Carlyle eyes $7.5-$8 billion valuation in IPO: source

Wed Apr 11, 2012 4:06am EDT
 
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By Greg Roumeliotis

NEW YORK (Reuters) - Carlyle Group LP is eyeing a market valuation of $7.5 billion to $8 billion in an initial public offering, as the U.S. private equity firm prepares to kick off a marketing blitz to investors, perhaps as soon as next week, said a source with knowledge of the situation.

Carlyle, which has $147 billion in assets under management, plans to sell a 10 percent stake to raise $750 million to $800 million in the IPO, the source told Reuters on Tuesday.

The firm had said in a regulatory filing earlier this month that it might sell a 10 percent stake but its expectation on market value was not previously known.

Carlyle declined to comment.

Carlyle's market value represents a significant comedown from the peak of the private equity industry in 2006-2007, when easy credit spurred the largest leveraged buyouts of all-time. In 2007, Abu Dhabi state investment firm Mubadala paid $1.35 billion for a 7.5 percent stake in Carlyle, valuing the private equity firm at $18 billion.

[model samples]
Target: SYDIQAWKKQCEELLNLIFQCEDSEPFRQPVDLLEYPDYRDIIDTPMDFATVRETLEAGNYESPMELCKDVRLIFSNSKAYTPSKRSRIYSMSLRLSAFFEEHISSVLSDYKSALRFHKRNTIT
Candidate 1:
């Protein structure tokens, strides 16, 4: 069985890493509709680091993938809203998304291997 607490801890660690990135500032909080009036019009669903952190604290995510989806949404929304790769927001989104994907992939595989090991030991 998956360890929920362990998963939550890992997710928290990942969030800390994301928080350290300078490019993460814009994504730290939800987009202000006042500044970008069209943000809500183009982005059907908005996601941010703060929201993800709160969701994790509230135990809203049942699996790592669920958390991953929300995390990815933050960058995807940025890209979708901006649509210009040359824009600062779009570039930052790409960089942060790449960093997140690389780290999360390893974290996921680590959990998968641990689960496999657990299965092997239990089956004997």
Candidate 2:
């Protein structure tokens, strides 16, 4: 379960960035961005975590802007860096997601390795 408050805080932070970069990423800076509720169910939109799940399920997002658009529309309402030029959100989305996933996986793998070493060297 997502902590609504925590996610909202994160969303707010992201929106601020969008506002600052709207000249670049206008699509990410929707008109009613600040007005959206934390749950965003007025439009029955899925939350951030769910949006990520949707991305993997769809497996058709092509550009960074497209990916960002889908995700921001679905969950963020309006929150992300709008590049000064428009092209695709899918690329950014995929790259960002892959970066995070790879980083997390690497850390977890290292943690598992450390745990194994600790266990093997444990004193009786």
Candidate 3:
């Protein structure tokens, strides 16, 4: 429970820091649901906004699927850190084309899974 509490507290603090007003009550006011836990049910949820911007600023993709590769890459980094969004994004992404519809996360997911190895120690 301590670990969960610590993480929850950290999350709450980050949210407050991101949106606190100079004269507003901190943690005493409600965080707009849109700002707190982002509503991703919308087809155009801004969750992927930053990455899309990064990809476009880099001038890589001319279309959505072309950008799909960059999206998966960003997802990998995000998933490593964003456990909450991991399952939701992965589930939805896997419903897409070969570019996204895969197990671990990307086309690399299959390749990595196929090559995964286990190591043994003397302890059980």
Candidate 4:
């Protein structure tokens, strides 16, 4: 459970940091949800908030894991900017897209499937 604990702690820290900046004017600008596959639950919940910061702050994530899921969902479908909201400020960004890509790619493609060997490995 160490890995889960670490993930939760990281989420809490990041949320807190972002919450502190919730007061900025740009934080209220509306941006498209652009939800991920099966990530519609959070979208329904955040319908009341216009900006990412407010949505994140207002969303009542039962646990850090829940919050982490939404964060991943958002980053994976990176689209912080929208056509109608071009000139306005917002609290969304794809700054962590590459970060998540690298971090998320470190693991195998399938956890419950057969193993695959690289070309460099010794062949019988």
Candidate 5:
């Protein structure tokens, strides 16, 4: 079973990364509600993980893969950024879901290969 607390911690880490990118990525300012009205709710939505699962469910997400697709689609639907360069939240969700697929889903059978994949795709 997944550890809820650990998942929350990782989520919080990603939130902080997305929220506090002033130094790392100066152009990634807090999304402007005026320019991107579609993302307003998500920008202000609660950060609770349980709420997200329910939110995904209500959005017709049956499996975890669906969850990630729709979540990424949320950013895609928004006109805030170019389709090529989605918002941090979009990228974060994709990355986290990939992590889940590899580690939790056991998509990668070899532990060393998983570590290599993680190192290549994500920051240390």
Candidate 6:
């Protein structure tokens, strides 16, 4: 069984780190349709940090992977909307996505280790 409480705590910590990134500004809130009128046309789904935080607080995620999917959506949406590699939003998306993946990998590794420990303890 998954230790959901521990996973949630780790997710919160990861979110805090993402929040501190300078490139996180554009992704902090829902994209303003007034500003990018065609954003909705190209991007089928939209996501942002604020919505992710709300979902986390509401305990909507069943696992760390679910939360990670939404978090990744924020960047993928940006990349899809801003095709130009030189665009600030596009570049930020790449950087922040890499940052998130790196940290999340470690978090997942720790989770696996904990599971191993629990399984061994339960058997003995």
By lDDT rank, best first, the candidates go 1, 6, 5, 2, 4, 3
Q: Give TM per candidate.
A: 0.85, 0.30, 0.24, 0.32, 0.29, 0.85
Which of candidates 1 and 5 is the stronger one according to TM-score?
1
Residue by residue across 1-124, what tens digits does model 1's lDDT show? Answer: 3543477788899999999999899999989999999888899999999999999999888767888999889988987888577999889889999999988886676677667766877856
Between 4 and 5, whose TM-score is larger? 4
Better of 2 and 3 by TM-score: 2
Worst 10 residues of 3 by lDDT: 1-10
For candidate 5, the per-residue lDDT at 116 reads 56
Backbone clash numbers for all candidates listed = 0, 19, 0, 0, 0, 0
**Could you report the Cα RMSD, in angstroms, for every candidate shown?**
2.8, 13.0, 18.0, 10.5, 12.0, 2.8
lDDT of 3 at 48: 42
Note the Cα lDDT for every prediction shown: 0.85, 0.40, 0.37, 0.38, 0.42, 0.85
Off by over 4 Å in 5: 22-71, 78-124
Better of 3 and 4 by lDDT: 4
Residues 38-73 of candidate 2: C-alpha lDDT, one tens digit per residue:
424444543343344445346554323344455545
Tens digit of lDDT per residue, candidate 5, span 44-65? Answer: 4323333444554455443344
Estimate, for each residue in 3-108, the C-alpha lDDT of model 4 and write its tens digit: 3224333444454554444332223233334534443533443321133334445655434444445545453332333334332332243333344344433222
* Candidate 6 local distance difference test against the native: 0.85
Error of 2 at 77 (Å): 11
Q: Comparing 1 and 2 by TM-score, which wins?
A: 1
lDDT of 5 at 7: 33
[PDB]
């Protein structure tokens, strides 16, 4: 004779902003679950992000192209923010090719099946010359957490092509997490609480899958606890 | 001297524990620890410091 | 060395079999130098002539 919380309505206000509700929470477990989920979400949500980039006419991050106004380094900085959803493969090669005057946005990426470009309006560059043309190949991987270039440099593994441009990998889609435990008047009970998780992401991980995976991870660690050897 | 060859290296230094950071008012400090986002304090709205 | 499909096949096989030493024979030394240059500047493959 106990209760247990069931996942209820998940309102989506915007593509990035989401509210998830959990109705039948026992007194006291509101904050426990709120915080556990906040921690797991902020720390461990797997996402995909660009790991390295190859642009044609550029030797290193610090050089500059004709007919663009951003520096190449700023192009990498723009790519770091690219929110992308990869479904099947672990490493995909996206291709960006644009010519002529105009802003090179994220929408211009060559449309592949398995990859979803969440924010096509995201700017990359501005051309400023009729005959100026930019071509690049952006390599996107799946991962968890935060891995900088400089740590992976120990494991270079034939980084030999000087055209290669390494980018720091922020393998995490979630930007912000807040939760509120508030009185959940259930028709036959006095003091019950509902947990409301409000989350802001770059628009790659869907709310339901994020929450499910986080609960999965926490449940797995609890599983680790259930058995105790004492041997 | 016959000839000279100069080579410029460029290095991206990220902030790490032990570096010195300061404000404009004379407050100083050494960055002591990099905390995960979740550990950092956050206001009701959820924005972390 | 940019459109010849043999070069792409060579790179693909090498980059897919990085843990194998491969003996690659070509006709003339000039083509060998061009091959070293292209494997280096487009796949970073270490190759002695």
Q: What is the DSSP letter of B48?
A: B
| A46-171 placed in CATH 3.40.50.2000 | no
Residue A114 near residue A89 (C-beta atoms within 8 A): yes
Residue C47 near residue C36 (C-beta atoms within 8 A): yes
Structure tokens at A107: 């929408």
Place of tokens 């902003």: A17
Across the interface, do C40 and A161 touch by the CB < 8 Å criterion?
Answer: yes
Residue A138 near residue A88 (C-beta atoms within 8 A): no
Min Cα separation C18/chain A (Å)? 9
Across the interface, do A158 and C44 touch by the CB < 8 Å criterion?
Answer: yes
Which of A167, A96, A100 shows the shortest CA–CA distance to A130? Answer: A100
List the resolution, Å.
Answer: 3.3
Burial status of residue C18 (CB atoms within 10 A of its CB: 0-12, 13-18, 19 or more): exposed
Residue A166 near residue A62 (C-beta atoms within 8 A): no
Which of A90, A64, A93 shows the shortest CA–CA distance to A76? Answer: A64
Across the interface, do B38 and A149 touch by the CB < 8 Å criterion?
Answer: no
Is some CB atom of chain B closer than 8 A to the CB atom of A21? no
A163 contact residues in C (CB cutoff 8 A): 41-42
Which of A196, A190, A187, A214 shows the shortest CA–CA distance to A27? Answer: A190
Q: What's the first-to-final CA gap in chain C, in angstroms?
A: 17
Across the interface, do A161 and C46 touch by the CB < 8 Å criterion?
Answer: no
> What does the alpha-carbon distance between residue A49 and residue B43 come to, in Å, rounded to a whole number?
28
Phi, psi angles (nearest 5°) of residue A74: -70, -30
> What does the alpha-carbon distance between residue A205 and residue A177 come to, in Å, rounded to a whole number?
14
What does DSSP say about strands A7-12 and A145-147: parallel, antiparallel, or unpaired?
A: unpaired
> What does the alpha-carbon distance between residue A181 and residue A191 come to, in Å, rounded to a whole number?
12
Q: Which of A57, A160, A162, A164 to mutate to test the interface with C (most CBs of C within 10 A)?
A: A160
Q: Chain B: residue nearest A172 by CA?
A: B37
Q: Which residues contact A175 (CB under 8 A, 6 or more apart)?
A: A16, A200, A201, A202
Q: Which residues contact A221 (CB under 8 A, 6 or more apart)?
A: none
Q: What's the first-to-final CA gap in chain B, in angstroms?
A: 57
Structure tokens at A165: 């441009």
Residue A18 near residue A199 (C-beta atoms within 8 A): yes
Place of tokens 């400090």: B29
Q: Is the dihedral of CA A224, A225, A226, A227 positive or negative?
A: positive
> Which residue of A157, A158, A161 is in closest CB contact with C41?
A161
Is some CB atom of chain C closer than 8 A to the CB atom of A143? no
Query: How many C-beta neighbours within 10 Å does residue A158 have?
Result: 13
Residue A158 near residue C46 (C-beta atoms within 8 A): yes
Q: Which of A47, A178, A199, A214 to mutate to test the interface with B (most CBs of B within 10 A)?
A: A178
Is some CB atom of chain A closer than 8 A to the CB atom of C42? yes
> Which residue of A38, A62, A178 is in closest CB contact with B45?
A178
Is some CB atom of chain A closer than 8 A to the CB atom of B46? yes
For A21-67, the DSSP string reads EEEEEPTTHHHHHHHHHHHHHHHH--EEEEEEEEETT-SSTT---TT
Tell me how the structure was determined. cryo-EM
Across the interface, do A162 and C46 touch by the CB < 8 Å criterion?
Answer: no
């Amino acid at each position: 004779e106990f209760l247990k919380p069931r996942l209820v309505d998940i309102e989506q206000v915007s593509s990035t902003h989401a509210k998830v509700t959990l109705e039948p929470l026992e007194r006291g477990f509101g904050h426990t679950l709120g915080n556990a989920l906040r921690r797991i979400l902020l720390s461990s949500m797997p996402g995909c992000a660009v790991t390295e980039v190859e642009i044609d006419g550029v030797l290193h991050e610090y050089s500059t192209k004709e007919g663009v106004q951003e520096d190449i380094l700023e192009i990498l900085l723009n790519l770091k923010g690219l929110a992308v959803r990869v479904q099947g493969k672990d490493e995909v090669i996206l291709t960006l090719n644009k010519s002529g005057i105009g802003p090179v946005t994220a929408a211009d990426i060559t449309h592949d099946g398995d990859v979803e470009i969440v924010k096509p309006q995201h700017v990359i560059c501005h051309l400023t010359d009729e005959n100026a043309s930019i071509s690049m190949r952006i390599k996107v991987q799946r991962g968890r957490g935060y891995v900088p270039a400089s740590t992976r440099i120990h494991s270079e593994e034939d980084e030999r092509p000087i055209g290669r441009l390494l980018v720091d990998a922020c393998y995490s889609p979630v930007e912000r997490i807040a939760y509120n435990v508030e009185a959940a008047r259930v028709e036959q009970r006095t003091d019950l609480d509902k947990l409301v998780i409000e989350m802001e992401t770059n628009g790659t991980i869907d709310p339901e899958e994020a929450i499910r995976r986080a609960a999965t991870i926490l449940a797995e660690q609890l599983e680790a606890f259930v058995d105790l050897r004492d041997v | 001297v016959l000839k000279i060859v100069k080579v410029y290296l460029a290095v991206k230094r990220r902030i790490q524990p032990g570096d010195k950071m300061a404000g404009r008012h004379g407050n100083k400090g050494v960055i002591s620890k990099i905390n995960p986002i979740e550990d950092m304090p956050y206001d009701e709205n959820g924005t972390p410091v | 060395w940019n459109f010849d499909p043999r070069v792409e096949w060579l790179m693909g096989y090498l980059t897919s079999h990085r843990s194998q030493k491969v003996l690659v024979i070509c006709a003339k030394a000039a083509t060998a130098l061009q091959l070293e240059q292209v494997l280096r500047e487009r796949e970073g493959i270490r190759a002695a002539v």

Blackstone Group LP, which went public in 2007, raised about $7 billion by selling a 24 percent stake at the time, implying a value of around $29 billion. Blackstone, which had $166 billion under management at the end of 2011, has a current market capitalization of $16.5 billion.

The sharp difference in the estimated market value of Carlyle and that of Blackstone, even though the latter manages only slightly more assets, highlights the difficulty investors have in valuing private equity firms.

"Although these companies are all thrown into the same bucket in the eyes of many, under the hood their operations and culture and the way they share economics are all different," said David Snow, founder of PrivCap, a media company that covers the private equity market.   Continued...

 
Carlyle Group co-founder and Managing Director David Rubenstein speaks at the panel discussion "Global Opportunities in Private Equity" at The Milken Institute Global Conference in Beverly Hills, California May 2, 2011. REUTERS/Fred Prouser